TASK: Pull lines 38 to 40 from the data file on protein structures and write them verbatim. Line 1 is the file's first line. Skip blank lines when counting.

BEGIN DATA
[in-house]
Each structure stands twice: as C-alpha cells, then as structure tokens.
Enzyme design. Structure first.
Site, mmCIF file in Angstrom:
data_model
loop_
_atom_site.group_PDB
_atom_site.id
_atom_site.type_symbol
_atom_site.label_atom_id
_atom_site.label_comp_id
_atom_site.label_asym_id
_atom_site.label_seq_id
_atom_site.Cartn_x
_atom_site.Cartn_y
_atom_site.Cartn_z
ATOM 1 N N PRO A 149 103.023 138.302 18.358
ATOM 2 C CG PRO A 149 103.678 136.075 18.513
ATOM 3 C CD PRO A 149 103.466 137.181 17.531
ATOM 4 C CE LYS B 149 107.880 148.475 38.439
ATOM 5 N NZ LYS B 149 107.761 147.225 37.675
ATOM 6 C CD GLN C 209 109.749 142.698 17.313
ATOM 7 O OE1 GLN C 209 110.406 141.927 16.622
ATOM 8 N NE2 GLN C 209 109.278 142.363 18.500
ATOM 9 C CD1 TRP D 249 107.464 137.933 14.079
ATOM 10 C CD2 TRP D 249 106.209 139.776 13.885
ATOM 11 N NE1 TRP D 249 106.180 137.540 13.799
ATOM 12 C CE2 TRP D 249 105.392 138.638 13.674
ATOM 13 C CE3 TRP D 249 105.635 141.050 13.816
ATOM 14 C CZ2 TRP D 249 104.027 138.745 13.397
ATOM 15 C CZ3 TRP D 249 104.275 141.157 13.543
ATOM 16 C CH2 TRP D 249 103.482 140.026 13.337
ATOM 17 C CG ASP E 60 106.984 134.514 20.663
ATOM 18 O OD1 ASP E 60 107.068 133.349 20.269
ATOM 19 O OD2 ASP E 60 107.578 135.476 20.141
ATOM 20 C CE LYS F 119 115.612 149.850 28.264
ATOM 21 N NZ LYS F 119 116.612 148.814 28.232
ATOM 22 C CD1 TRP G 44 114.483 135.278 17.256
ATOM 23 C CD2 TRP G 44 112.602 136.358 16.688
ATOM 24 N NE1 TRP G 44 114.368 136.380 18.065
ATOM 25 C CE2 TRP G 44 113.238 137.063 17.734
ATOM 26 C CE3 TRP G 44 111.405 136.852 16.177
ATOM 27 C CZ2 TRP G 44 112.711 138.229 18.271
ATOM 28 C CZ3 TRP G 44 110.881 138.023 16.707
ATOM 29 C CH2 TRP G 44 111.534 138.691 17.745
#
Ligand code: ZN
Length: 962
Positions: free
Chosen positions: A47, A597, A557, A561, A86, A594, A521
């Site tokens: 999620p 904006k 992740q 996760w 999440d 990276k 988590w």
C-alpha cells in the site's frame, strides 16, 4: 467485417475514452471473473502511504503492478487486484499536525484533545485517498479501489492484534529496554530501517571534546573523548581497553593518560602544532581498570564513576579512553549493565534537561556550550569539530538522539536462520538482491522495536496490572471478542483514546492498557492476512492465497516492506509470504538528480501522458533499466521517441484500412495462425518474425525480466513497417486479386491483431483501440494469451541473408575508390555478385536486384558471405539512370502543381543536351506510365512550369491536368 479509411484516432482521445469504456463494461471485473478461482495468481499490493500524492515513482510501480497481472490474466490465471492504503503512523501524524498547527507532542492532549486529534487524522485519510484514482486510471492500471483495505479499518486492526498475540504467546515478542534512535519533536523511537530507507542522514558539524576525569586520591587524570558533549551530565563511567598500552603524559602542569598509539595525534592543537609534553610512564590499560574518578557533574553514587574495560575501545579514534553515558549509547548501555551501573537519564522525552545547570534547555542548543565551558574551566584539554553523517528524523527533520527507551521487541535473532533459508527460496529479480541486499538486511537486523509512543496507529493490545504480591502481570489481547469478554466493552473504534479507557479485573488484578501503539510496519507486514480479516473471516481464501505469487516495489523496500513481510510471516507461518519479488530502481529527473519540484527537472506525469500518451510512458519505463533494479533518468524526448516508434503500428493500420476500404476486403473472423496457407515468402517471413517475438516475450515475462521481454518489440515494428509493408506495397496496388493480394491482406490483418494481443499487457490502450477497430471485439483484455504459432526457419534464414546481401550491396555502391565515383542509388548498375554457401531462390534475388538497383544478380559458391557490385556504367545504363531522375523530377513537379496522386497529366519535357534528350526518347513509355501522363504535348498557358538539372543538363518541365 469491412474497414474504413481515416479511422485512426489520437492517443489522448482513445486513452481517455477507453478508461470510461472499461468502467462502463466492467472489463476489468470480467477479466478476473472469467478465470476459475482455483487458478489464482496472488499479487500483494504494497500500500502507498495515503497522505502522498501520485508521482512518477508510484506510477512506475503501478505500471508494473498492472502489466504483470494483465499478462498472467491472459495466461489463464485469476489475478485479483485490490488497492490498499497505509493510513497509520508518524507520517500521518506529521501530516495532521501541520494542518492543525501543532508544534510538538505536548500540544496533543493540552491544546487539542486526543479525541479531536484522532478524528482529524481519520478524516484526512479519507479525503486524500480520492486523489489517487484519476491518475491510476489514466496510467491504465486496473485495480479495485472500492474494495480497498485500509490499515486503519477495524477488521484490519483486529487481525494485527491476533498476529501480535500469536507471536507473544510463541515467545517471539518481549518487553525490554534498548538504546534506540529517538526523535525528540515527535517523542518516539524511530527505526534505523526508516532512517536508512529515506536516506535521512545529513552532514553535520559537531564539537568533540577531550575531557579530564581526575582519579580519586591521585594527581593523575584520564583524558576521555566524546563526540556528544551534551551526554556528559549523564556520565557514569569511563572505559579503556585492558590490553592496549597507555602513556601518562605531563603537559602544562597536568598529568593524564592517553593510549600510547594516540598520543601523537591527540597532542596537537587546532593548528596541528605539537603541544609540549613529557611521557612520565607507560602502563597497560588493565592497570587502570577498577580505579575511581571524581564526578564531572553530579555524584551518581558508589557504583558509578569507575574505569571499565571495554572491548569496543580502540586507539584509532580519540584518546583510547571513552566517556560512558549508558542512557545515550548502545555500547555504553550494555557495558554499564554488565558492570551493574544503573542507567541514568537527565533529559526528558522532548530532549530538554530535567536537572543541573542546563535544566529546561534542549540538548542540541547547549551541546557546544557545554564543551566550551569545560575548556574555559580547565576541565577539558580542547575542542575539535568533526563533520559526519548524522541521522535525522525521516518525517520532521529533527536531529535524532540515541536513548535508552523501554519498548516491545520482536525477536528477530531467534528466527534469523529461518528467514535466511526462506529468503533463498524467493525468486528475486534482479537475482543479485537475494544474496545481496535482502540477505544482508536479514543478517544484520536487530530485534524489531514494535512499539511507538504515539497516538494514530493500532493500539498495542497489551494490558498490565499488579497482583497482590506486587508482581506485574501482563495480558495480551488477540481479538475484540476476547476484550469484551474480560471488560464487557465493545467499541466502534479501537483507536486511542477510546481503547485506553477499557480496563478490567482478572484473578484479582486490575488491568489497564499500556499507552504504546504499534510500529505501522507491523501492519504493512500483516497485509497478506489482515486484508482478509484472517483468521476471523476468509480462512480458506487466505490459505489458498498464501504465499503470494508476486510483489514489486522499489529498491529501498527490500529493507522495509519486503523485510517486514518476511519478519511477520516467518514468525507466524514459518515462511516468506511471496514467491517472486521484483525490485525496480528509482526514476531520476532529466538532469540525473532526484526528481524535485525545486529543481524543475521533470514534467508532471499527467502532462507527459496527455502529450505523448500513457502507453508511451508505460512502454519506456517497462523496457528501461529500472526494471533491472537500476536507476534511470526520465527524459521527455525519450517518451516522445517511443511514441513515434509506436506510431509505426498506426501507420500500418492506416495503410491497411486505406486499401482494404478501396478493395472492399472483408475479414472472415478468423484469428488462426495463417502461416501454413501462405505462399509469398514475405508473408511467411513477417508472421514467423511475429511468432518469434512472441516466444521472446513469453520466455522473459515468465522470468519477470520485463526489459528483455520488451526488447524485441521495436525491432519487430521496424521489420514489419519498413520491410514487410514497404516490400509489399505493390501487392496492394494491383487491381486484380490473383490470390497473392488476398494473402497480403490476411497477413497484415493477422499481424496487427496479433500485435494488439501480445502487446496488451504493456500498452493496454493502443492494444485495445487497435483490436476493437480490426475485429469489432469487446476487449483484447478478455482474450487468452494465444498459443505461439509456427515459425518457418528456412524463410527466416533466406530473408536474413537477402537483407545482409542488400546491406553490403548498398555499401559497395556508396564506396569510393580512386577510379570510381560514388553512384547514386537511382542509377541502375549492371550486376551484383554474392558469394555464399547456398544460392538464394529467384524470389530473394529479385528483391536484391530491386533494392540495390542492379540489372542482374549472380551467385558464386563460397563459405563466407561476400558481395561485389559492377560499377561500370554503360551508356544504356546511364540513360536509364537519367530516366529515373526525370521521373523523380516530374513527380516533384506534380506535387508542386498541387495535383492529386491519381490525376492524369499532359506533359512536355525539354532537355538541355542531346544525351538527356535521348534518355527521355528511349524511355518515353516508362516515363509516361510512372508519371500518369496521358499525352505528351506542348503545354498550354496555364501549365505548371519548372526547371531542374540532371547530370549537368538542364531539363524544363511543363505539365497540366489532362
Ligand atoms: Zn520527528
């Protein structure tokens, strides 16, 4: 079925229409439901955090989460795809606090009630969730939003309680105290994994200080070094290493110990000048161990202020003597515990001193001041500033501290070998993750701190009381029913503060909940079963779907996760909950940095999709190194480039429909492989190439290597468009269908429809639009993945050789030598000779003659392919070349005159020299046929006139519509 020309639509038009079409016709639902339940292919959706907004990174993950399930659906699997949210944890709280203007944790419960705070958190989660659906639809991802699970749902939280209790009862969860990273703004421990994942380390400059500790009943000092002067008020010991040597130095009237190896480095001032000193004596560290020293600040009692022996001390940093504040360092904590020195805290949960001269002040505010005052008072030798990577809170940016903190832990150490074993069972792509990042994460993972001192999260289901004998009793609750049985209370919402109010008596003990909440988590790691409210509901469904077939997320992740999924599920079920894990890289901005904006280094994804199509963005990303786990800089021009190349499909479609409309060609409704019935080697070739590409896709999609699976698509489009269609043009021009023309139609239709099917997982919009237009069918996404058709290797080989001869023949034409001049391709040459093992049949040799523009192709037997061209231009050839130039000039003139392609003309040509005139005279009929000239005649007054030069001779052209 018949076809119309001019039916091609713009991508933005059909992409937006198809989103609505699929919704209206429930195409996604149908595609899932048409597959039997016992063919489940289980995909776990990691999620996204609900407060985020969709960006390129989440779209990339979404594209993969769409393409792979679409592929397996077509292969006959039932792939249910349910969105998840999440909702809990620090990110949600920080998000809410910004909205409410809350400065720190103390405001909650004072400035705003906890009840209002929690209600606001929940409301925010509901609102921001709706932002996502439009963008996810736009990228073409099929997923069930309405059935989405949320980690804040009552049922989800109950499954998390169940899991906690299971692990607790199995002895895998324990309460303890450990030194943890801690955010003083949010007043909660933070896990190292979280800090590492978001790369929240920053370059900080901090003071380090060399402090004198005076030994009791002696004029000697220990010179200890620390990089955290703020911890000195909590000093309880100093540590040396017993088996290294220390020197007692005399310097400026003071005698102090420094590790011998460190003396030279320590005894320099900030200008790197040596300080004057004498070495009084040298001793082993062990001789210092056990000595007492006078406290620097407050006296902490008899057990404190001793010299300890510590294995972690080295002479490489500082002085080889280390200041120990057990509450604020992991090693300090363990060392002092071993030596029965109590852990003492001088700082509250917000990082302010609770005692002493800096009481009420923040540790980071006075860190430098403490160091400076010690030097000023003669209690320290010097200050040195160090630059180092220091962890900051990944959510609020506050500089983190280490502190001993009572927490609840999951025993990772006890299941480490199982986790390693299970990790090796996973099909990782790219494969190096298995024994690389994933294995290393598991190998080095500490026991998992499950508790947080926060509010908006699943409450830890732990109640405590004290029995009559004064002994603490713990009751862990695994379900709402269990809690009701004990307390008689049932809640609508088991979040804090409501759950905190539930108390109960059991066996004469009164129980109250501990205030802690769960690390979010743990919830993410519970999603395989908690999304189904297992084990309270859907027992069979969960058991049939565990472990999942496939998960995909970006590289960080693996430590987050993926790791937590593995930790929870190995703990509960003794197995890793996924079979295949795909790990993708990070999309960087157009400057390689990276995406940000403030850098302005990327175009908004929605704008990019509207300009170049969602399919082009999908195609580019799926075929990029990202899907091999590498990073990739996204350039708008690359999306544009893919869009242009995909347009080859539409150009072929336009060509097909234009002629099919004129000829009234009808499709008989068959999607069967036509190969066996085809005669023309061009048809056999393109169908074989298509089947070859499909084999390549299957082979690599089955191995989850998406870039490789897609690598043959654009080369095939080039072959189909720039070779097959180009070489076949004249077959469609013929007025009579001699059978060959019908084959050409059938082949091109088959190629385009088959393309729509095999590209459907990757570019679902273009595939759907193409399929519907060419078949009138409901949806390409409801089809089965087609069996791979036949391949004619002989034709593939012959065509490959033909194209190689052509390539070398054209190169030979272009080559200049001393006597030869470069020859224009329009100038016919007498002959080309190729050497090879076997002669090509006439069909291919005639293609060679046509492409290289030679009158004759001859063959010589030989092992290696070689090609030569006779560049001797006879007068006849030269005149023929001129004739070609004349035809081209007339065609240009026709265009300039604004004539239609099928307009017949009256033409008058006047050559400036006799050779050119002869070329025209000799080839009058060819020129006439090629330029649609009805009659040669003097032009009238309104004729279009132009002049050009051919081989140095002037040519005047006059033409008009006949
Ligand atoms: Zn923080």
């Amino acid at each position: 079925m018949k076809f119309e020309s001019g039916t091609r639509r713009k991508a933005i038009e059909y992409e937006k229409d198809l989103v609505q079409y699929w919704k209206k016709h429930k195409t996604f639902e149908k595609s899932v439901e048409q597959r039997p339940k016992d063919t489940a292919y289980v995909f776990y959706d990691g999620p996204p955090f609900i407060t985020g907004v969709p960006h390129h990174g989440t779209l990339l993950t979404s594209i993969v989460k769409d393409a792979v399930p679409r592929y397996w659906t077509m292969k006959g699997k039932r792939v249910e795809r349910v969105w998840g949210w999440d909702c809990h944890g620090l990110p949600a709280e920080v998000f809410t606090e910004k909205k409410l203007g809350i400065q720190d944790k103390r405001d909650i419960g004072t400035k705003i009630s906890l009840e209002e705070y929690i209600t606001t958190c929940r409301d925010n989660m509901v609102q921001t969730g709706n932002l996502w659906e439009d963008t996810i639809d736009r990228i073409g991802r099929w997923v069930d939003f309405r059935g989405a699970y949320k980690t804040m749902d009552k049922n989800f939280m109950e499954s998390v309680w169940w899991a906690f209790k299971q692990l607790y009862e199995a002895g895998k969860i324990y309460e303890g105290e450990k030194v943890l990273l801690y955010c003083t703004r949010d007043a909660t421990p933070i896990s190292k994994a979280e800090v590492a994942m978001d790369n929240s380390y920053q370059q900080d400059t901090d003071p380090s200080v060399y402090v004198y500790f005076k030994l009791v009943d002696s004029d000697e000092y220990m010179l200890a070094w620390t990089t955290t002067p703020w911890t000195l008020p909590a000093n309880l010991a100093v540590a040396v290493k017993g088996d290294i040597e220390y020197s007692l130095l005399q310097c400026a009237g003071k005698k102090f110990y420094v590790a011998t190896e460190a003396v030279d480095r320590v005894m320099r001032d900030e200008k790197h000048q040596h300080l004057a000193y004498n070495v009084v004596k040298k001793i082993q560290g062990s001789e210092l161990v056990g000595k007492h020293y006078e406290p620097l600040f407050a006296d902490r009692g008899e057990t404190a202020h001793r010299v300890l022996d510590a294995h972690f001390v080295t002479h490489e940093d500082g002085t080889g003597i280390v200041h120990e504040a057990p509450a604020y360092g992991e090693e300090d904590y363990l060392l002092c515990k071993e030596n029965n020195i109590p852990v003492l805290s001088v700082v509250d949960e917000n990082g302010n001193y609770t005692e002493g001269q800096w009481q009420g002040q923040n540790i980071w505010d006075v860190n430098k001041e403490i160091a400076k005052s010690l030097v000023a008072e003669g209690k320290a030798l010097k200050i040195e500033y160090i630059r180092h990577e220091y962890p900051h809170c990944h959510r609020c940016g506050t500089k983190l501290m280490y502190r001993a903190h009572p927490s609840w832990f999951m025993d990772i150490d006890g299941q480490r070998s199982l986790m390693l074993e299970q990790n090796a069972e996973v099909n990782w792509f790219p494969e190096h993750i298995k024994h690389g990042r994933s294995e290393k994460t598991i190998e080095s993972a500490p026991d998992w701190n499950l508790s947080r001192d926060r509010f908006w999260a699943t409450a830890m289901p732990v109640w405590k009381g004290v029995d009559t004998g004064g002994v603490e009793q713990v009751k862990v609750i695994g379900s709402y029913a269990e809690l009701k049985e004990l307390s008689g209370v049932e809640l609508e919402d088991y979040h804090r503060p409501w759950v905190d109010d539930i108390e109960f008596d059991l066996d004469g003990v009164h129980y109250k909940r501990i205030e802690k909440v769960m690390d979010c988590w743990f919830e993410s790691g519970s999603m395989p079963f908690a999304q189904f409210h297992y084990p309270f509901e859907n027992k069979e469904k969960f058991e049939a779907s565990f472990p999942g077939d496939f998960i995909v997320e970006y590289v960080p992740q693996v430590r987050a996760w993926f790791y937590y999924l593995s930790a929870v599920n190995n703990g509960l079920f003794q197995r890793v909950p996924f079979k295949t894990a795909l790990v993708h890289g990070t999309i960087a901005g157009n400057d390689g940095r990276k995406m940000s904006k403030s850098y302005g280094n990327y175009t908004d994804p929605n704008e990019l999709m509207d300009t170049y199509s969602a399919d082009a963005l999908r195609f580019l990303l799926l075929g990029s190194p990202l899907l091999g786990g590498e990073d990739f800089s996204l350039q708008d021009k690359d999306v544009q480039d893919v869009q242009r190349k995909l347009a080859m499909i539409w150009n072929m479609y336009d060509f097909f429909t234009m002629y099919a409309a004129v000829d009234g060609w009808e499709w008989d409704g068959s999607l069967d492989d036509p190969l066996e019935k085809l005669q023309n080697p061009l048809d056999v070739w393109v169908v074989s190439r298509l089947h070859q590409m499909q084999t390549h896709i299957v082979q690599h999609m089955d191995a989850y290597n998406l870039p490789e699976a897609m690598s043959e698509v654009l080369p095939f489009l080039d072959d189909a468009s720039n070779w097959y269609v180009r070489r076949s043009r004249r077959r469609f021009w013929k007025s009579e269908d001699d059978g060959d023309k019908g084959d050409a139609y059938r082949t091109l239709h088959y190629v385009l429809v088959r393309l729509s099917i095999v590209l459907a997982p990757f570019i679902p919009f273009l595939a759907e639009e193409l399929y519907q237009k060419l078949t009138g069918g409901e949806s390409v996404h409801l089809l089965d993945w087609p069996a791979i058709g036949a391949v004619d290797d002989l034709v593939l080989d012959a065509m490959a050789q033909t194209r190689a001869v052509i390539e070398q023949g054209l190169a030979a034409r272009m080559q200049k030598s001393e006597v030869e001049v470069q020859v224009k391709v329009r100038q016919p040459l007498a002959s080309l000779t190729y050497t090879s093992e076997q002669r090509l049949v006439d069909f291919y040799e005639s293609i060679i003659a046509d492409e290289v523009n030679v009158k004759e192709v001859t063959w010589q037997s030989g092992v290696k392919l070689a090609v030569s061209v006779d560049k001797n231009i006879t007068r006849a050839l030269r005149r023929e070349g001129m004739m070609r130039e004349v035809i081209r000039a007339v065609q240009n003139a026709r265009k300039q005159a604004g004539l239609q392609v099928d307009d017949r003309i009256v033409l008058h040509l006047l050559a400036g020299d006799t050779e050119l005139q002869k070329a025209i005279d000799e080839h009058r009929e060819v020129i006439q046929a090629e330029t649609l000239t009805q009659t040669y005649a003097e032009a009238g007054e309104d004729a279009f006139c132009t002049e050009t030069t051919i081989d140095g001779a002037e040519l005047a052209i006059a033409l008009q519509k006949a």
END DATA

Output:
ATOM 22 C CD1 TRP G 44 114.483 135.278 17.256
ATOM 23 C CD2 TRP G 44 112.602 136.358 16.688
ATOM 24 N NE1 TRP G 44 114.368 136.380 18.065